Pubertal stage and deliberate self-harm in adolescents

Patton, George C., Hemphill, Sheryl A., Beyers, Jennifer M., Catalano, Richard F., Bond, Lyndal, Toumbourou, John and McMorris, Barbara J. 2007, Pubertal stage and deliberate self-harm in adolescents, Journal of the American Academy of Child and Adolescent Psychiatry, vol. 46, no. 4, pp. 508-514.

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Title Pubertal stage and deliberate self-harm in adolescents
Author(s) Patton, George C.
Hemphill, Sheryl A.
Beyers, Jennifer M.
Catalano, Richard F.
Bond, Lyndal
Toumbourou, JohnORCID iD for Toumbourou, John
McMorris, Barbara J.
Journal name Journal of the American Academy of Child and Adolescent Psychiatry
Volume number 46
Issue number 4
Start page 508
End page 514
Publisher Lippincott Williams & Wilkins
Place of publication Baltimore, Md.
Publication date 2007-04
ISSN 0890-8567
Keyword(s) puberty
deliberate self-harm
suicidal behavior
Summary Objective: To ascertain the association between pubertal stage and deliberate self-harm.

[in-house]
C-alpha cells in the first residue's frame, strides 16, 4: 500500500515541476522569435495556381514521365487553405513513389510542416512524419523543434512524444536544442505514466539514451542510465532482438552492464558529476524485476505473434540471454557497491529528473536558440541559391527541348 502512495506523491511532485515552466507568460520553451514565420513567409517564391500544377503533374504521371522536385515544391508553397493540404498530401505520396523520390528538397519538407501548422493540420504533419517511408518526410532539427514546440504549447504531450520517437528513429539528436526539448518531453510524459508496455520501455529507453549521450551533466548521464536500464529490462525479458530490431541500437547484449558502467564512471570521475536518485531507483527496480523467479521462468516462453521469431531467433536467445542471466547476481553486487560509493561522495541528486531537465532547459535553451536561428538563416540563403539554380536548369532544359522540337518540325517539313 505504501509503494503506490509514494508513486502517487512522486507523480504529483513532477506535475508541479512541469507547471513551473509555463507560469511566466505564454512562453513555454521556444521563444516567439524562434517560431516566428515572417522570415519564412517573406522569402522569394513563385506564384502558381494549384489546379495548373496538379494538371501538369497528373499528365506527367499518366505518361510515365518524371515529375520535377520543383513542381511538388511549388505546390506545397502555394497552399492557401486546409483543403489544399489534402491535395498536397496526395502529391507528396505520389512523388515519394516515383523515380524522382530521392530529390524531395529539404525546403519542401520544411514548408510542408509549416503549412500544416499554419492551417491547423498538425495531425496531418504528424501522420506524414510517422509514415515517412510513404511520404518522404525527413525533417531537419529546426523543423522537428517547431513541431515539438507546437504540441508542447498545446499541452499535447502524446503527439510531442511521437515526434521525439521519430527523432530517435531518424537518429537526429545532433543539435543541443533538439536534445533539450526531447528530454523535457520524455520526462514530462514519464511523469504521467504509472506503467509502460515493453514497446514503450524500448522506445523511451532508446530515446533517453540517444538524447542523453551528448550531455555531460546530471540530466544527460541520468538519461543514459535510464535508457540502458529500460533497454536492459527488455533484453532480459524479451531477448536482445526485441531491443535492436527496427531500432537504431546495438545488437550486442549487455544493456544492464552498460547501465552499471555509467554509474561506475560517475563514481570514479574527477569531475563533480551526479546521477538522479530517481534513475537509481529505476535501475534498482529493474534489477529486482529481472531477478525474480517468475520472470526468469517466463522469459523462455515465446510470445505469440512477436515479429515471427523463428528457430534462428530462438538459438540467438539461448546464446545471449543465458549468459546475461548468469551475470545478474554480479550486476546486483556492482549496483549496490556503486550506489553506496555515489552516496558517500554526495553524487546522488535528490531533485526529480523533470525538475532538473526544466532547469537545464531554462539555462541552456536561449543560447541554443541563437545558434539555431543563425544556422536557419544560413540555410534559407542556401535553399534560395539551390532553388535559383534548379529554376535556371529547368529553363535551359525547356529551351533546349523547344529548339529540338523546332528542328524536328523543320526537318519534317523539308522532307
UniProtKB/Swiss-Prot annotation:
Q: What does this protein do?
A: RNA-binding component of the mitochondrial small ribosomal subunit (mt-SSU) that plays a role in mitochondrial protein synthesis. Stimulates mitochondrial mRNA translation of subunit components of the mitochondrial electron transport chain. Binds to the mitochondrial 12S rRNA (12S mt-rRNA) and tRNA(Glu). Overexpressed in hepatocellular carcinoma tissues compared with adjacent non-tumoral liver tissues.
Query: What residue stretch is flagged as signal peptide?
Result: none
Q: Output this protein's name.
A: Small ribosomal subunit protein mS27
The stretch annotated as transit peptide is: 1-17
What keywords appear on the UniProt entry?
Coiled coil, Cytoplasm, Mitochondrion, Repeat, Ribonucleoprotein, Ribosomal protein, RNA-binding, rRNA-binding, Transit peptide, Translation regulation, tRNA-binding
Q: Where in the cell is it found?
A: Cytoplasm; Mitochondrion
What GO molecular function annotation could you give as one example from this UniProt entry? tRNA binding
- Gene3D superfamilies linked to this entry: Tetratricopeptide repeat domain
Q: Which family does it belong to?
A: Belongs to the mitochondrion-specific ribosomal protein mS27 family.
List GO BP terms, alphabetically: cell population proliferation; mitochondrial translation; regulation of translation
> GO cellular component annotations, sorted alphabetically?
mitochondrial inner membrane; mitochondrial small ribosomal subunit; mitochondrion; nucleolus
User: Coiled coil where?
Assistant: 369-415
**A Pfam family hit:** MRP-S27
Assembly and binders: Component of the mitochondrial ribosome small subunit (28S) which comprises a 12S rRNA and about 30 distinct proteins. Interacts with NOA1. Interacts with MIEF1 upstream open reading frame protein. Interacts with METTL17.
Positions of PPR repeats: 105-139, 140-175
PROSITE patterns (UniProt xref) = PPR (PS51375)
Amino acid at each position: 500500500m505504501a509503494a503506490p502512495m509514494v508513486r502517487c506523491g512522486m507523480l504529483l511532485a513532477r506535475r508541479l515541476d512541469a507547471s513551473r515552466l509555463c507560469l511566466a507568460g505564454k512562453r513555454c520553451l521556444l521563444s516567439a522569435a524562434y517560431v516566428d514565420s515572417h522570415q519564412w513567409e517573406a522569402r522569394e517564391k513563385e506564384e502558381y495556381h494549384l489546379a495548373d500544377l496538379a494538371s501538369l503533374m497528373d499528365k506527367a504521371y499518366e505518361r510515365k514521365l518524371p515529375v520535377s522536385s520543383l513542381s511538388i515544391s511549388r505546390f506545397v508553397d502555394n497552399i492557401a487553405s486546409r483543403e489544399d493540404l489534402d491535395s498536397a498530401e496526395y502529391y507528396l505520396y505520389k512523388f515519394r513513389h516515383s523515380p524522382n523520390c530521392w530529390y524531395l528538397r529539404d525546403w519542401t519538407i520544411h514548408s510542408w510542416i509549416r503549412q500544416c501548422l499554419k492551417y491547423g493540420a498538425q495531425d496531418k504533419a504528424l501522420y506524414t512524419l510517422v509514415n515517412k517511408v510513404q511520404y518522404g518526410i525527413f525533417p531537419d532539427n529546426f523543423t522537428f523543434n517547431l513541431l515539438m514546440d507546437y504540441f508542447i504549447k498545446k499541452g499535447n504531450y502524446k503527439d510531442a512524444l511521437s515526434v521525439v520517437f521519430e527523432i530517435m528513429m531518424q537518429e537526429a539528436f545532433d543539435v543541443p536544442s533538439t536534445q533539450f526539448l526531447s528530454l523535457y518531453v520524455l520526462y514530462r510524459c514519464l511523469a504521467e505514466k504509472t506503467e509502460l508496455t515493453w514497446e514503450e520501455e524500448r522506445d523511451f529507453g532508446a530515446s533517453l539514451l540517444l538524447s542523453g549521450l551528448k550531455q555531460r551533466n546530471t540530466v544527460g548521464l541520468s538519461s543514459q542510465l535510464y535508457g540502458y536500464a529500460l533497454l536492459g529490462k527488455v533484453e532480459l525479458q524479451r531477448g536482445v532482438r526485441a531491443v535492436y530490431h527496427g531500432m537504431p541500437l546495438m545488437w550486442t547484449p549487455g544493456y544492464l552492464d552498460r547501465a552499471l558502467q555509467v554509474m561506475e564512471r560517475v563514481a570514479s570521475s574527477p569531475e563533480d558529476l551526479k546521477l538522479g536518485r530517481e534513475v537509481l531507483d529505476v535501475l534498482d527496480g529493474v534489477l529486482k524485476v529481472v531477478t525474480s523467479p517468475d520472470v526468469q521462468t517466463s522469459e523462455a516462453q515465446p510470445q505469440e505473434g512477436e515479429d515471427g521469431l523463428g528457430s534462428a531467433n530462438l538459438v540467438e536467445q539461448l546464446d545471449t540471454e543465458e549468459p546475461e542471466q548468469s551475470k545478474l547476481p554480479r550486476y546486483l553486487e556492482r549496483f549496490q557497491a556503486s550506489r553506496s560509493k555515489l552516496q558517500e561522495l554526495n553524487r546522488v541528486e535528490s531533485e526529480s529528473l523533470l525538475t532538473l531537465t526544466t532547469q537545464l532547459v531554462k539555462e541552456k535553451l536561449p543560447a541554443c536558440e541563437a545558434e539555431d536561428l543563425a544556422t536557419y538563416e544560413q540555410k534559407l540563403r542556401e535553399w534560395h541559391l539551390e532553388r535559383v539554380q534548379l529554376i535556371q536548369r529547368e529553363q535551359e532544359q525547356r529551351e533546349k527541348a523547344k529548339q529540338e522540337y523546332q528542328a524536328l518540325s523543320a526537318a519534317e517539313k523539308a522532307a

Method: Cross-sectional survey of 12- to 15-year-olds in 300 secondary schools in the U.S. state of Washington in February-April 2002 and the Australian state of Victoria in June-August 2002. A total of 3,332 students in grades 7 and 9 provided complete data on episodes of deliberate self-harm in the previous 12 months and pubertal stage. Pubertal stage was assessed with the Pubertal Development Scale.

Results: The prevalence of deliberate self-harm was 3.7% with a more than twofold higher rate in females. Late puberty was associated with a more than fourfold higher rate of self-harm (odds ratio 4.6, 95% confidence interval 1.5-14) after adjustment for age and school grade level. In contrast age had a protective association (odds ratio 0.7, confidence interval 0.4-1.0). The sharpest rises in prevalence across puberty were for self-laceration and self-poisoning in females. Higher rates of depressive symptoms, frequent alcohol use, and initiation of sexual activity largely accounted for the association between self-harm and pubertal stage in multivariate models.

Conclusions: Puberty is associated with changes in the form and frequency of self-harm. For adolescents with a gap between puberty and brain development, risk factors such as early sexual activity and substance abuse may be particularly potent.

Language eng
Field of Research 170102 Developmental Psychology and Ageing
HERDC Research category C1.1 Refereed article in a scholarly journal
Copyright notice ©2007, American Academy of Child and Adolescent Psychiatry
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Document type: Journal Article
Collections: Faculty of Health
School of Psychology
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